From Volkswagen to the NFL, company scandals frequently make news, but could these problems have been averted if employees had been empowered to speak up?
Yes, says Ira Chaleff, author of Intelligent Disobedience: Doing Right When What You’re Told to Do Is Wrong.
“We are all socialized from a very early age to obey authority,” he says. “We can rebel against it, but there is deep programming inside of us that you don’t speak out of turn. For a few of us, this comes naturally, but for most of us it doesn’t. We follow the order even when we’re uncomfortable and think it’s wrong. We have to overcome this.”
People can actually learn a lot from guide dogs, says Chaleff. When they’re trained, they spend their first 18 months being socialized, learning to obey commands. But then guide dogs take their knowledge to a higher level: The next step is that they’re taught intelligent disobedience.
“A dog must know when it gets a command that, if executed, would produce harm for its team–itself and its owner,” says Chaleff. “It must not obey even if a command is repeated. This provides a wonderful metaphor for humans.”
Intelligent disobedience has been explored effectively in specific industries. Chaleff says groundbreaking work was done in the aviation industry where fatal airline crashes in the 1970s could have been avoided.
“The black box recording often shows that a member of the crew saw something wrong and tried to get captain’s attention but was blown off,” he says. “When you listen to the recording, a minute and 20 seconds later everybody dies.”
The aviation industry empowered its employees by making it everyone’s responsibility to assertively and repeatedly bring attention to a problem. If after a third time the command is ignored, the copilot is authorized to take control. “This dramatically improved airline safety,” says Chaleff.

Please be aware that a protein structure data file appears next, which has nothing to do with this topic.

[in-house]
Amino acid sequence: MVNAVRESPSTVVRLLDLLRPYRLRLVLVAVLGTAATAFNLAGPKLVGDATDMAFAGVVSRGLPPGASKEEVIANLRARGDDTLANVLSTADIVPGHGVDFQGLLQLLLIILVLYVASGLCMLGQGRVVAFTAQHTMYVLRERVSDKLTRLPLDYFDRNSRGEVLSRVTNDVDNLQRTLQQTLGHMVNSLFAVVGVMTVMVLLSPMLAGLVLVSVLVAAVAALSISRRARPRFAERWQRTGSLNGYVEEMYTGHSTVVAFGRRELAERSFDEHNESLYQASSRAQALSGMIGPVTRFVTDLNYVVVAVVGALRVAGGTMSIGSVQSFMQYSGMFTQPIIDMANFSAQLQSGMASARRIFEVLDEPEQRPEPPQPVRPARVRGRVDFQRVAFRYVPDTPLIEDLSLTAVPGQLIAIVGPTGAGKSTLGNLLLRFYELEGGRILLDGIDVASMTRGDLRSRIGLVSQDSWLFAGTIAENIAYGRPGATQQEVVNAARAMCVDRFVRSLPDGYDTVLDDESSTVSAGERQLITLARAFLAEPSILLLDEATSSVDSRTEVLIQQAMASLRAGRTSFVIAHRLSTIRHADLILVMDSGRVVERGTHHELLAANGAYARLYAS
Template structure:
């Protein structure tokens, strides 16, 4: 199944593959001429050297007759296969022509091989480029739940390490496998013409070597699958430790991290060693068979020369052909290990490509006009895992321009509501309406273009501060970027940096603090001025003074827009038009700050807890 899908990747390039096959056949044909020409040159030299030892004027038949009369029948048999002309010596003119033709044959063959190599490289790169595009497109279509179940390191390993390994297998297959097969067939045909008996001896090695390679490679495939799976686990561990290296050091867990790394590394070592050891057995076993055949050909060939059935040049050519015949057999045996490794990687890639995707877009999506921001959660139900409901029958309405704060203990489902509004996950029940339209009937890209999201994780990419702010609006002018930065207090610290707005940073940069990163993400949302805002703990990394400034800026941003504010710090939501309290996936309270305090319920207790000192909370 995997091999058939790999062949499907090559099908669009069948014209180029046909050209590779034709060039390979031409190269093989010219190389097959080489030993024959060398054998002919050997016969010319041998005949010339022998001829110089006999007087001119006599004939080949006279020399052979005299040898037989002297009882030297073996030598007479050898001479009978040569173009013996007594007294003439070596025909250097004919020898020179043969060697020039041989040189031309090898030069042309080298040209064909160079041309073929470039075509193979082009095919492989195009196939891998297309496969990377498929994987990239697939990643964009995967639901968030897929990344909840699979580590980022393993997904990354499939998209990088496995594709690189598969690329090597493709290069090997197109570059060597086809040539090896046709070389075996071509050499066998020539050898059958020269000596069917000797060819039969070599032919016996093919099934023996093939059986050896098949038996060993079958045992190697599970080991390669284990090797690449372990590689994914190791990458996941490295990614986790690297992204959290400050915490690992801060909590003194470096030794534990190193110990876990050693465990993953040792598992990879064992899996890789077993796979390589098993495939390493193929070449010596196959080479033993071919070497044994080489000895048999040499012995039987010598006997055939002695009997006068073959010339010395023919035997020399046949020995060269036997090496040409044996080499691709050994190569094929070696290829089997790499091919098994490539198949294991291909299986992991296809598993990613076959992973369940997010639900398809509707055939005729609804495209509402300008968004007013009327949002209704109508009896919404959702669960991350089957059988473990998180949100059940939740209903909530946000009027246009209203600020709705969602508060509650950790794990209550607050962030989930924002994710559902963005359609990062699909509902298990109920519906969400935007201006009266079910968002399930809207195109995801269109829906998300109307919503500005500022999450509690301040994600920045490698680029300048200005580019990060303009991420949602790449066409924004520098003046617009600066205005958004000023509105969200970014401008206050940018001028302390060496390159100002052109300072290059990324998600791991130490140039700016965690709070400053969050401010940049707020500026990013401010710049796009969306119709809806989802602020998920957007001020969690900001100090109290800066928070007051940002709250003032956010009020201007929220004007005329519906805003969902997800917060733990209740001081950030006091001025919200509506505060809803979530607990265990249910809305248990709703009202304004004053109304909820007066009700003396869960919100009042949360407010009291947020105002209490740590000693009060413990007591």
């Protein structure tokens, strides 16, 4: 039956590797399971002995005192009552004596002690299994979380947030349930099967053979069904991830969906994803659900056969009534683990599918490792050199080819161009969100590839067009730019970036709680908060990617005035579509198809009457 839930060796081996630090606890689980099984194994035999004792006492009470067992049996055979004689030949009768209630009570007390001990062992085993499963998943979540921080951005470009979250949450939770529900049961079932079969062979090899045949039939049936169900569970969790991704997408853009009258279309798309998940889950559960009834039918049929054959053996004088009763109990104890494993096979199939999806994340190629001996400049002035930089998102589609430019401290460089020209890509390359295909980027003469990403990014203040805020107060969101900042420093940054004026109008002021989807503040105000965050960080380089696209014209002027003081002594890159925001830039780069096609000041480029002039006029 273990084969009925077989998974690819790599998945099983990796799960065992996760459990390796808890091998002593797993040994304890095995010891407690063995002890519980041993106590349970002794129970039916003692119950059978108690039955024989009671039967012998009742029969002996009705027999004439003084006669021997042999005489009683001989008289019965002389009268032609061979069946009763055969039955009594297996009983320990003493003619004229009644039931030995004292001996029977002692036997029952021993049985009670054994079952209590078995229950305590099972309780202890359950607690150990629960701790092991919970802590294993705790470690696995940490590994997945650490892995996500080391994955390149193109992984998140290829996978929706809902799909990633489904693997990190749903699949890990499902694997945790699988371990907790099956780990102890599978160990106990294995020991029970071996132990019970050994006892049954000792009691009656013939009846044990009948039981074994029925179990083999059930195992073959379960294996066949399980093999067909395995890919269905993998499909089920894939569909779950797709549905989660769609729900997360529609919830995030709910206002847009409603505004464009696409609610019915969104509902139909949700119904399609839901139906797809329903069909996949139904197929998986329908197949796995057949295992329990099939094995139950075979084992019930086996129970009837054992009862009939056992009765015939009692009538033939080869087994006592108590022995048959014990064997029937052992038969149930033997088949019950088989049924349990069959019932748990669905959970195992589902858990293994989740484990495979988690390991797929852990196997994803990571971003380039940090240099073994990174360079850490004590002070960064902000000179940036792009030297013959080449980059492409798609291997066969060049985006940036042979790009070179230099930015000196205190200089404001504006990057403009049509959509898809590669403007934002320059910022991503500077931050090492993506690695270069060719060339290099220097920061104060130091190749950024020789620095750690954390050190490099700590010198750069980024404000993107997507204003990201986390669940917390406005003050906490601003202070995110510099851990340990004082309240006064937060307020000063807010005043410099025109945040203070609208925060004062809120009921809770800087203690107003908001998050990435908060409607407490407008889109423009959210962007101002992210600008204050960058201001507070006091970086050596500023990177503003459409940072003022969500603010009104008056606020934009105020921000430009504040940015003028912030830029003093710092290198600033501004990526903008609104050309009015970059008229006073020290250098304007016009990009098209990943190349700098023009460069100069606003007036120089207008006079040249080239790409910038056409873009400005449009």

The medical industry, particularly hospitals, took the airline model and adapted it to its environment, reducing operating room errors. But while hospitals and airlines deal with life-and-death decisions every day, any company can benefit from intelligent disobedience, says Chaleff.
“From a risk-management point of view, boards of directors, CEOs, and senior leaders need to determine how they’re inadvertently creating a culture that doesn’t support candor,” he says.
Chaleff says intelligent disobedience is different than whistleblowing. “We’re trying to create an internal culture where candor is invited and respected,” he says. “It’s a place where problems can be internally corrected before there’s a need for whistleblowing.”
The solution rests inside the culture of the company. You must create an environment to overcome this condition.
First, companies need to support an individual who has the courage to speak up. Employees should be trained so that if they see a potential problem, they should confer with a trusted colleague if there is time. “It may turn out that they’re off the mark,” says Chaleff. “But if they have time to process, employees should socialize around the topic, build support, and do it in a way where it’s politically savvy.”
Employees should also be trained to speak with an assertive enough voice so their point is heard. “When you speak with an aggressive voice, it sounds like a challenge, and you’ll more likely get shut down,” he says. “Having too weak a voice was the problem in the airline industry. Employees should be trained to speak assertively, with timing and respectfulness.”
Finally, management needs to be trained to pay attention: “Through experiments, we know that if one person speaks up, they will get shut down,” says Chaleff. “If a second person supports him, and especially a third, they almost always get listened to. Mid-level managers need to understand that if an employee is speaking up about a potential safety issue or a very bad decision, they shouldn’t leave them out on that limb.”
While speaking up isn’t always welcome, that doesn’t absolve the individual, says Chaleff. “It’s no defense to say you’re following orders,” he says. “You violate safety protocol, and you have a responsibility to speak up.
“CEOs have told me, ‘What keeps me up at night is that my people aren’t telling me what I need to hear.’ A dog is a man’s best friend, and I think of intelligent disobedience as a CEO’s best friend.”